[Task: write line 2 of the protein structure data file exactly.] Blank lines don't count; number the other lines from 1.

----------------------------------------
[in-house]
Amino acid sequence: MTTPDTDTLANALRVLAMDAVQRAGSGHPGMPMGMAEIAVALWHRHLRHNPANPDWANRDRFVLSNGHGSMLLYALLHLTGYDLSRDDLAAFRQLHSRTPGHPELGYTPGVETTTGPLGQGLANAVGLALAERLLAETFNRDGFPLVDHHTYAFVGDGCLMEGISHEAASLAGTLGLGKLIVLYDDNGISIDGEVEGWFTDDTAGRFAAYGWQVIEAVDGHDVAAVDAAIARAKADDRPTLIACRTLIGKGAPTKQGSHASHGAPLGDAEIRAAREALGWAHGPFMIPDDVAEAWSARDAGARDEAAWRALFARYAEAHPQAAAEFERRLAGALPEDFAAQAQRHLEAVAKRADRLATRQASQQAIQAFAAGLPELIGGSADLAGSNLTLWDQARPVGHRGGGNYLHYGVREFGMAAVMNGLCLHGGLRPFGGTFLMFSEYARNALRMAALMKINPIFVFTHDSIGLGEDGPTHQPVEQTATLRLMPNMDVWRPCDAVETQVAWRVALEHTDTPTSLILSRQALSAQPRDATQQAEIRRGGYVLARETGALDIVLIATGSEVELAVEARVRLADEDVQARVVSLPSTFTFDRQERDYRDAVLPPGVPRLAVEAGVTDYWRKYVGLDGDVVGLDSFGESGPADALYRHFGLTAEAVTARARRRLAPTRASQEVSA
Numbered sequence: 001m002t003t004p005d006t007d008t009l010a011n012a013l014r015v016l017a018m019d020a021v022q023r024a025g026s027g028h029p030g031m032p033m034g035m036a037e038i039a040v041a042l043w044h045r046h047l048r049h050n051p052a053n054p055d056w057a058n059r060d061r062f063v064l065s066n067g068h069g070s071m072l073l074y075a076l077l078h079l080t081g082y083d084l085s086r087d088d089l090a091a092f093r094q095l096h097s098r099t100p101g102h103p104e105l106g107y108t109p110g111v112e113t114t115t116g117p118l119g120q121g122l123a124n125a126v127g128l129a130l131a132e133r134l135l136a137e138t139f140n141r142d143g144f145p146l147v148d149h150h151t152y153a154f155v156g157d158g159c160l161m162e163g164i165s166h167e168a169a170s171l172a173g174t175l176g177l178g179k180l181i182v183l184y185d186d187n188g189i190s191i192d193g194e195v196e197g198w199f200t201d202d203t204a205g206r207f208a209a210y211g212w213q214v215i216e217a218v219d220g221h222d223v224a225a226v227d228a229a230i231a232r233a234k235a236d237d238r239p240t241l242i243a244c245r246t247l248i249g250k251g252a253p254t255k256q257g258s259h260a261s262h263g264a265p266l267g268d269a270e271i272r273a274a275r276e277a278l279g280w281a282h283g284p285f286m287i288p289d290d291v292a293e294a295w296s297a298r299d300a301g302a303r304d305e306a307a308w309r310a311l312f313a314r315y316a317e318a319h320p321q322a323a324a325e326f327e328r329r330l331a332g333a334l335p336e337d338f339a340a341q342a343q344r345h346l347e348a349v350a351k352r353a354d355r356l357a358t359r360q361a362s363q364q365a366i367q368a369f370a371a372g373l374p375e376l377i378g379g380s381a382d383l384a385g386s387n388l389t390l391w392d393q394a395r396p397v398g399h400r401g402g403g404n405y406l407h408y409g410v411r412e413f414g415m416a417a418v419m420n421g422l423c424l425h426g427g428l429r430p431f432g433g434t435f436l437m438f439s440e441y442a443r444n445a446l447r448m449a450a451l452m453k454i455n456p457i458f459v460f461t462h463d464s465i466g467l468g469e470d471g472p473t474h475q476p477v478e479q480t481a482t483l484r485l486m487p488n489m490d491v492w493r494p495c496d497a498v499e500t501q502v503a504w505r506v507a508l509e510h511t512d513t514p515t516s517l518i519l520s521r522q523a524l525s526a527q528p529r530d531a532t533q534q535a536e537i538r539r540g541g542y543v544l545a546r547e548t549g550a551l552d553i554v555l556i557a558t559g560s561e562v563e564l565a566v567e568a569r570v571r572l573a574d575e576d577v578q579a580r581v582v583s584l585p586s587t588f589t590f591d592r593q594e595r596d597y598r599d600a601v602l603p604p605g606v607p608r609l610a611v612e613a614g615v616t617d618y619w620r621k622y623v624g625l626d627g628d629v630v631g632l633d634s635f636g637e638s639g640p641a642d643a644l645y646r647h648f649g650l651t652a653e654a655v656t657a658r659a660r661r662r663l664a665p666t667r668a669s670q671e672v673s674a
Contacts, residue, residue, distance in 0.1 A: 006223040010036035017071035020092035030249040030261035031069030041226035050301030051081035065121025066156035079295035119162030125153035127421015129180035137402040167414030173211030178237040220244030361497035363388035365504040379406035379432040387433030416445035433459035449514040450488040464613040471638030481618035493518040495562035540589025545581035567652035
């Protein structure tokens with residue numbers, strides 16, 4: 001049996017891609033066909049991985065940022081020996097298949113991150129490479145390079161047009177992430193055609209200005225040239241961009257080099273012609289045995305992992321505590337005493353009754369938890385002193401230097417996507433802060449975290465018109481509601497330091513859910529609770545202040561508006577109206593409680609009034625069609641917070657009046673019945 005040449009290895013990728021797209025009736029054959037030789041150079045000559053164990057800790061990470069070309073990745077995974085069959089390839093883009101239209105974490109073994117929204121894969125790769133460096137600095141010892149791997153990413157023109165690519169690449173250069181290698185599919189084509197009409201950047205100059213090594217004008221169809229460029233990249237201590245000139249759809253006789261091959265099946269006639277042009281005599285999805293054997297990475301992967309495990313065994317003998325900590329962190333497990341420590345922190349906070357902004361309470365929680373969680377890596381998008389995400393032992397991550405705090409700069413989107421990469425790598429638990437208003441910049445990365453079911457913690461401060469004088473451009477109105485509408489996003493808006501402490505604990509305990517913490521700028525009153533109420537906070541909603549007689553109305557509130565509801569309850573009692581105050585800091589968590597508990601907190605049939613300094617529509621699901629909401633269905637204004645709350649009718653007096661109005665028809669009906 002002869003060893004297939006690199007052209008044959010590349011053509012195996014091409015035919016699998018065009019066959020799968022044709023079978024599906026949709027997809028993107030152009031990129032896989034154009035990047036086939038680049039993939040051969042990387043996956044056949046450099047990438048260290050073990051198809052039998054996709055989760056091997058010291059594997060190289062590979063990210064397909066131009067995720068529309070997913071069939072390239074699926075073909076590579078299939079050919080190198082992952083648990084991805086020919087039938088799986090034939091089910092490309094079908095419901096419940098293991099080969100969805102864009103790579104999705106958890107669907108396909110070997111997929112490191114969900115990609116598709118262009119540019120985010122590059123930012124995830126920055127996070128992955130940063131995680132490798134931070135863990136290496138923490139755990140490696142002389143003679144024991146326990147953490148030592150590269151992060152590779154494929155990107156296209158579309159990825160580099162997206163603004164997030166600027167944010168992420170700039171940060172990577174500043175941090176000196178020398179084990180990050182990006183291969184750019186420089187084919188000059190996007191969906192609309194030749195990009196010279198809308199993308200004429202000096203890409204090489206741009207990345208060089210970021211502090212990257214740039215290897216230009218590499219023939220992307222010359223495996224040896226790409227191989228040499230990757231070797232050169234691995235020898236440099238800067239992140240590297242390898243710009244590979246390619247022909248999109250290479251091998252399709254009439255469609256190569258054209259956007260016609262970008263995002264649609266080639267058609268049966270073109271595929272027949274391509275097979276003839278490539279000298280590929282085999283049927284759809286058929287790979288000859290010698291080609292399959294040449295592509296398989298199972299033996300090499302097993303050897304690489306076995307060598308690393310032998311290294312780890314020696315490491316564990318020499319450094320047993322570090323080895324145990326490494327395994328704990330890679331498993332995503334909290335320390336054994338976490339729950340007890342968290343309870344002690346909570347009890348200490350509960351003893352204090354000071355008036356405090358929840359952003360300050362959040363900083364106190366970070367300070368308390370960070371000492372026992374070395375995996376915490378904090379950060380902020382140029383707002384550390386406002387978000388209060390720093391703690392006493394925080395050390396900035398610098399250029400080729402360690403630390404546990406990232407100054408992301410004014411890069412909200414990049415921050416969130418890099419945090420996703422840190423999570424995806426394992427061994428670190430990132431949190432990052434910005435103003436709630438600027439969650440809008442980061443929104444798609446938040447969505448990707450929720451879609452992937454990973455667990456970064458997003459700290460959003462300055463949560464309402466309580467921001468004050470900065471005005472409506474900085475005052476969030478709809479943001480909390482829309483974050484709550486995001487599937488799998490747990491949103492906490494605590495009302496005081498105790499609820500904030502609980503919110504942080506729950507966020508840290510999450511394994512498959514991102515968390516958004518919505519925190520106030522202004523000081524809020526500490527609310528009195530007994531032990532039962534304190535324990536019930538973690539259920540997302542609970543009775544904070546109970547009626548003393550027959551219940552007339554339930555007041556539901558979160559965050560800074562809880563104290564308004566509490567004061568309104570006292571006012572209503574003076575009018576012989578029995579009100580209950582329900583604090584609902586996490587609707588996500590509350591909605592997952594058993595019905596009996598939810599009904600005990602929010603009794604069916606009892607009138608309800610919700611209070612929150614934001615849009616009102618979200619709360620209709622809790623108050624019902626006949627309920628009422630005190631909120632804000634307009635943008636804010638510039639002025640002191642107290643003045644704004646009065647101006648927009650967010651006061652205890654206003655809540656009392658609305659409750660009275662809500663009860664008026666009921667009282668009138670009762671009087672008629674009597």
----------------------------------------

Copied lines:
Amino acid sequence: MTTPDTDTLANALRVLAMDAVQRAGSGHPGMPMGMAEIAVALWHRHLRHNPANPDWANRDRFVLSNGHGSMLLYALLHLTGYDLSRDDLAAFRQLHSRTPGHPELGYTPGVETTTGPLGQGLANAVGLALAERLLAETFNRDGFPLVDHHTYAFVGDGCLMEGISHEAASLAGTLGLGKLIVLYDDNGISIDGEVEGWFTDDTAGRFAAYGWQVIEAVDGHDVAAVDAAIARAKADDRPTLIACRTLIGKGAPTKQGSHASHGAPLGDAEIRAAREALGWAHGPFMIPDDVAEAWSARDAGARDEAAWRALFARYAEAHPQAAAEFERRLAGALPEDFAAQAQRHLEAVAKRADRLATRQASQQAIQAFAAGLPELIGGSADLAGSNLTLWDQARPVGHRGGGNYLHYGVREFGMAAVMNGLCLHGGLRPFGGTFLMFSEYARNALRMAALMKINPIFVFTHDSIGLGEDGPTHQPVEQTATLRLMPNMDVWRPCDAVETQVAWRVALEHTDTPTSLILSRQALSAQPRDATQQAEIRRGGYVLARETGALDIVLIATGSEVELAVEARVRLADEDVQARVVSLPSTFTFDRQERDYRDAVLPPGVPRLAVEAGVTDYWRKYVGLDGDVVGLDSFGESGPADALYRHFGLTAEAVTARARRRLAPTRASQEVSA